Here’s a simple explanation for why small business owners in America care so much about the health care debate.
Even before the Affordable Care Act, most large employers offered health insurance to their employees.
The Kaiser Family Foundation says nearly 96 percent of large companies in the U.S. were already offering coverage to employees, even before the ACA took effect. (The ACA requires companies with 50 or more full-time employees to provide insurance to employees and their dependents.)
However, only 35% of small businesses (defined as those with fewer than 50 workers) were offering health insurance to employees before the ACA. For many small businesses, group insurance was almost impossible to obtain due to unaffordable premiums or pre-existing health conditions.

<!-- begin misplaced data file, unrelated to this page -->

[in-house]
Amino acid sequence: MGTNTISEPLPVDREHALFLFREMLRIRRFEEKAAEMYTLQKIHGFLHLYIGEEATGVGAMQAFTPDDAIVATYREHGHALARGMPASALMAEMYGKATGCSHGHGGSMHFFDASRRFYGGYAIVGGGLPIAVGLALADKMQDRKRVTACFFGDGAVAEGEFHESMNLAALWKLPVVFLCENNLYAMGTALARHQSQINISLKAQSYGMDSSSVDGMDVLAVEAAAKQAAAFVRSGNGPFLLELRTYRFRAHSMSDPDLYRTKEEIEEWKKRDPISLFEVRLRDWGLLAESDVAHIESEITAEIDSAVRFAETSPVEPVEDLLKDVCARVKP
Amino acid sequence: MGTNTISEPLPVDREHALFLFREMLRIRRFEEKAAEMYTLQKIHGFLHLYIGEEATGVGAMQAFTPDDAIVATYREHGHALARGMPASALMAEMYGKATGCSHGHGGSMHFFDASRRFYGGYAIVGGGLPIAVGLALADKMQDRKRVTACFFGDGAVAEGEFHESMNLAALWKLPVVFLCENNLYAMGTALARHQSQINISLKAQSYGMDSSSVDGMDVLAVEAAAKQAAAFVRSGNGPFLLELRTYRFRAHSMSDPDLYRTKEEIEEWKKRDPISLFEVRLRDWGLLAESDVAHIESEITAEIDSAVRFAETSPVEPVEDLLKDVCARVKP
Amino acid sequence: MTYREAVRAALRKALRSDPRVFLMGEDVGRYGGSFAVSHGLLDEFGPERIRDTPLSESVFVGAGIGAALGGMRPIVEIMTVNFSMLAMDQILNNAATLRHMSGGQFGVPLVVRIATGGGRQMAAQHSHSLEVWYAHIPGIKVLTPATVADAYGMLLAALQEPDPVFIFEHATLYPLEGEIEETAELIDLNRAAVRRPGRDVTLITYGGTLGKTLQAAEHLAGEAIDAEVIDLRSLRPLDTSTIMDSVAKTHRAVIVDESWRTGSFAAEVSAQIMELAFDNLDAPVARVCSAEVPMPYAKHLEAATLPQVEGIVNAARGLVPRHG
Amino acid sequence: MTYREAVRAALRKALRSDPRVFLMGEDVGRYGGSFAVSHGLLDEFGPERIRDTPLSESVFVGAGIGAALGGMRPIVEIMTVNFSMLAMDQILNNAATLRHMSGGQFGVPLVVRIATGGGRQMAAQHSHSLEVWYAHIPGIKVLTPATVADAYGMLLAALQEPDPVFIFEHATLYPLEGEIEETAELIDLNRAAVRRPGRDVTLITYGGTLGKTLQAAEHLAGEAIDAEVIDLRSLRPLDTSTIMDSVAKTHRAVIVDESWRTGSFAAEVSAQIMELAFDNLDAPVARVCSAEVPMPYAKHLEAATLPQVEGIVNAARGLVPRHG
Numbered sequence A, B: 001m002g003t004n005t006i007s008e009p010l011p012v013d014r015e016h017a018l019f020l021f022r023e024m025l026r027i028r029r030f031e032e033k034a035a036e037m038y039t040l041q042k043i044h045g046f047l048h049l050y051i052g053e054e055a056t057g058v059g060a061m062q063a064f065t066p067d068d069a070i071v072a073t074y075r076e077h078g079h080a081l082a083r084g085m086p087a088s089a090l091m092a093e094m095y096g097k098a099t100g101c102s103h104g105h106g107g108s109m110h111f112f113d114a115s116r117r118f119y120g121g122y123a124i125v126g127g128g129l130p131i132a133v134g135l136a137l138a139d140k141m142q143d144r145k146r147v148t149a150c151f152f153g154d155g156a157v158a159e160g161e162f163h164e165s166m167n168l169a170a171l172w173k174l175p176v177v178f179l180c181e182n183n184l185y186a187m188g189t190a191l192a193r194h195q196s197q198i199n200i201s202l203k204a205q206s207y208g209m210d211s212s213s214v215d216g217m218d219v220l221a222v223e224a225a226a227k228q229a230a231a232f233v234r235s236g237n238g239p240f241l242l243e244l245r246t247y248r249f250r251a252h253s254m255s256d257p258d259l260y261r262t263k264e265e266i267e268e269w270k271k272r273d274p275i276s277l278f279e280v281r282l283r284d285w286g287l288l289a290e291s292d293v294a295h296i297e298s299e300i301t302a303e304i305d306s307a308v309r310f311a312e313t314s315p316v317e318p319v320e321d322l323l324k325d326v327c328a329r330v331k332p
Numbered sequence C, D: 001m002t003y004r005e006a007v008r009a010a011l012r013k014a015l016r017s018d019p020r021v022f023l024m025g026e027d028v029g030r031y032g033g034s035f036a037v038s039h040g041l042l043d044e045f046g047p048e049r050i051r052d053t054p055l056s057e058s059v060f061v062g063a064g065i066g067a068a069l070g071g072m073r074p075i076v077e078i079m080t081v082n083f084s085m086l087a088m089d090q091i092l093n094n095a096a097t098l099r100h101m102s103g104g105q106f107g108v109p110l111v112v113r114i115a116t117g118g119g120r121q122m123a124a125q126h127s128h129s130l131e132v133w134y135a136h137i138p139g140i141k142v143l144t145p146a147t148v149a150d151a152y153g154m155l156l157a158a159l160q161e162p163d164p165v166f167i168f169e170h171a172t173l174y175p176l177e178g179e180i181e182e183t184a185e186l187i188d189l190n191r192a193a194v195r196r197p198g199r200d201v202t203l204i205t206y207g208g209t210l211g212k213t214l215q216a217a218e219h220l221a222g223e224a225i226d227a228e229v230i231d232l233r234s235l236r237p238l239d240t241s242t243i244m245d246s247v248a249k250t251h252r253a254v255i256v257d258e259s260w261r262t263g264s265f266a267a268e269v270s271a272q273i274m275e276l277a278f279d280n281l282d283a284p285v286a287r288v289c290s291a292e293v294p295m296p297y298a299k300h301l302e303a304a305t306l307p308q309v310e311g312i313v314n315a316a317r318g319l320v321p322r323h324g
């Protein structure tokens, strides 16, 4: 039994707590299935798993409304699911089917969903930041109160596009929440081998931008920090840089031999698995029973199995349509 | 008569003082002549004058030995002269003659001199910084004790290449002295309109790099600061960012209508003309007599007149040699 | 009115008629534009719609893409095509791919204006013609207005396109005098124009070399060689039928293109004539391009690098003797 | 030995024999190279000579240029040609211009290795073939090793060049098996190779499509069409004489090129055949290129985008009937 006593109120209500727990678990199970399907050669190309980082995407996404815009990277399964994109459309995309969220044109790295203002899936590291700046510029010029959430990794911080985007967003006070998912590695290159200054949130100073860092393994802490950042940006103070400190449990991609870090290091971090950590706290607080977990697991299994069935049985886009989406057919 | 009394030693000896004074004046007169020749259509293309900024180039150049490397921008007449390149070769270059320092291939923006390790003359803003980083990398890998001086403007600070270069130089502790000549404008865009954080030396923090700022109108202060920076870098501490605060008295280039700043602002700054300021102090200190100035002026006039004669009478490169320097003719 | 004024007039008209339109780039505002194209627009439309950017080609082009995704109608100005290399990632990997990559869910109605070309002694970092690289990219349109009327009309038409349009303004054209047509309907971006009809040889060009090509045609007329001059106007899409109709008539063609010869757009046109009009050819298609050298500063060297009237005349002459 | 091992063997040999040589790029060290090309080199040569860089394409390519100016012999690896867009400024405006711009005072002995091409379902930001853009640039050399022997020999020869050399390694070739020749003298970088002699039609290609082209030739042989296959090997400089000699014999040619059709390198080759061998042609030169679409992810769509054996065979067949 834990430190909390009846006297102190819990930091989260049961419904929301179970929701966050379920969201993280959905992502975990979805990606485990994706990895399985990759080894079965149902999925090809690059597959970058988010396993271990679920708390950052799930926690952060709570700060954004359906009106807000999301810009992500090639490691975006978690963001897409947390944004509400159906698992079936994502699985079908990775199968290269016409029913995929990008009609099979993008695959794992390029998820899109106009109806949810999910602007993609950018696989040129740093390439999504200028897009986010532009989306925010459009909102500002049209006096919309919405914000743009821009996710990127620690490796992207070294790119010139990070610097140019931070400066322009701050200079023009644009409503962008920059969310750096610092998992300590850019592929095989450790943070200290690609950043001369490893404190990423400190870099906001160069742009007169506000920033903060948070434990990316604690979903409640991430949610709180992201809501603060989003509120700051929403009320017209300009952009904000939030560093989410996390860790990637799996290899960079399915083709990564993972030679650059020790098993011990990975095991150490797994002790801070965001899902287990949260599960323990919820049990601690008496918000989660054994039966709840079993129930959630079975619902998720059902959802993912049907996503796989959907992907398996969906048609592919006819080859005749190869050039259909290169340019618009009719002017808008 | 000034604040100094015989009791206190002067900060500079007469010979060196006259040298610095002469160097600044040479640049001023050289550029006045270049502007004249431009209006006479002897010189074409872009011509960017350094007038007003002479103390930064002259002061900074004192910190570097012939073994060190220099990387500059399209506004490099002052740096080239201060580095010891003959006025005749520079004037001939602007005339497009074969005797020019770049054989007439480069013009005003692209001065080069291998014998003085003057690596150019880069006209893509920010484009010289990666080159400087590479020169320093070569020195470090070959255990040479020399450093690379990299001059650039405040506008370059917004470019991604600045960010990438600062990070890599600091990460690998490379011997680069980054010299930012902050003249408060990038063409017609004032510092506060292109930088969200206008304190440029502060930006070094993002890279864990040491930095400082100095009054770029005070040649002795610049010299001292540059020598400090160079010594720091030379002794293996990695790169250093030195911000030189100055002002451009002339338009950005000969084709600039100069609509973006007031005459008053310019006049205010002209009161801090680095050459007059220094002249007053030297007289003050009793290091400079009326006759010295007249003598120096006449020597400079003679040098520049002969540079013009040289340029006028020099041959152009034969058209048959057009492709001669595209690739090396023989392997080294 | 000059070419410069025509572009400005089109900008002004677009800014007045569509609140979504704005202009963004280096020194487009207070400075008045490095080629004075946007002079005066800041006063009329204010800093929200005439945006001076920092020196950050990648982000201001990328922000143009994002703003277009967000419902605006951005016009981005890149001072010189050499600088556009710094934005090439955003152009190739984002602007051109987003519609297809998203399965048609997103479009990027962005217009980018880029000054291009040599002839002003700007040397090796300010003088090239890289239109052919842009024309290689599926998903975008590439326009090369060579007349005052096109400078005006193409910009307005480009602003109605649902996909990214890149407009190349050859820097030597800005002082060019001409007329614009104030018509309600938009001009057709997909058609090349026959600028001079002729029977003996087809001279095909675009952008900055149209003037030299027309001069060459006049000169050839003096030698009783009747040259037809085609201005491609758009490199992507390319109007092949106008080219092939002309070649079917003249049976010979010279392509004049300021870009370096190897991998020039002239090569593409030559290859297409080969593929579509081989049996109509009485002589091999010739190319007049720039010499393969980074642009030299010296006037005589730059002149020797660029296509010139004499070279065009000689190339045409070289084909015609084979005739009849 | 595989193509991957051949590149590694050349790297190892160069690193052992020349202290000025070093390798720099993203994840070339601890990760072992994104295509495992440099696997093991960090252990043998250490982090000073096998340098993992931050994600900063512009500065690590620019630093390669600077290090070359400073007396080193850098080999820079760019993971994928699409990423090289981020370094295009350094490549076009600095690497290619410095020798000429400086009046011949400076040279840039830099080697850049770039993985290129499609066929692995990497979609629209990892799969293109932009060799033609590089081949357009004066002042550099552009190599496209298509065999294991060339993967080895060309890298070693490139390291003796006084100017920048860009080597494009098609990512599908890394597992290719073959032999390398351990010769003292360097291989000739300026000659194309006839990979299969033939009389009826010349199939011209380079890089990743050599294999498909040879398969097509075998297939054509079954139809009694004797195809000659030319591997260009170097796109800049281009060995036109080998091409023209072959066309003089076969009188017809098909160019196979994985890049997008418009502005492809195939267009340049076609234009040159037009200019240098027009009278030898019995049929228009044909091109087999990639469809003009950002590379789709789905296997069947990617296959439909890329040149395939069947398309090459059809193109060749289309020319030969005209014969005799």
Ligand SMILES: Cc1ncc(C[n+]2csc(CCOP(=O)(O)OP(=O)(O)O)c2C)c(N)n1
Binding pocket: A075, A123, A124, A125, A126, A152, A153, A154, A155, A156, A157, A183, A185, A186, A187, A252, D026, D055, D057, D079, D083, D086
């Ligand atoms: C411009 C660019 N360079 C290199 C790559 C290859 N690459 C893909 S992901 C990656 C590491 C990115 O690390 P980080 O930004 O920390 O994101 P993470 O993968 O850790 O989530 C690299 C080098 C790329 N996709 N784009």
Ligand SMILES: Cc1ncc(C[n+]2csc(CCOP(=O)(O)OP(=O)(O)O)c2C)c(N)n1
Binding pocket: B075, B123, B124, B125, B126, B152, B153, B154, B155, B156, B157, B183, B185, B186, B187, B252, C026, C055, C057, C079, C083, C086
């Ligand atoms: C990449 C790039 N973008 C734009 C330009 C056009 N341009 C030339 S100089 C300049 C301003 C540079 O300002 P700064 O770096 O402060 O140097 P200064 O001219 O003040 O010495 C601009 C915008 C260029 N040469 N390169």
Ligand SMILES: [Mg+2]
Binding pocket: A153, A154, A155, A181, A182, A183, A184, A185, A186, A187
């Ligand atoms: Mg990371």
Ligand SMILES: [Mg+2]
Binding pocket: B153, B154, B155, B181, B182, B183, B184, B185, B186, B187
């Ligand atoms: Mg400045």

Odds are that most large employers will continue to offer health insurance regardless of what happens with health care legislation.
But many small businesses could cancel coverage or find it unaffordable again if a solution to the health care crisis isn’t found.
The Takeaway: According to the National Conference of State Legislatures, only 2 percent of U.S. employers have 100 or more employees.
An amazing 96% of all U.S. employers have fewer than 50 employees. Most of these smaller businesses do not offer health insurance at all, or are struggling to pay for it.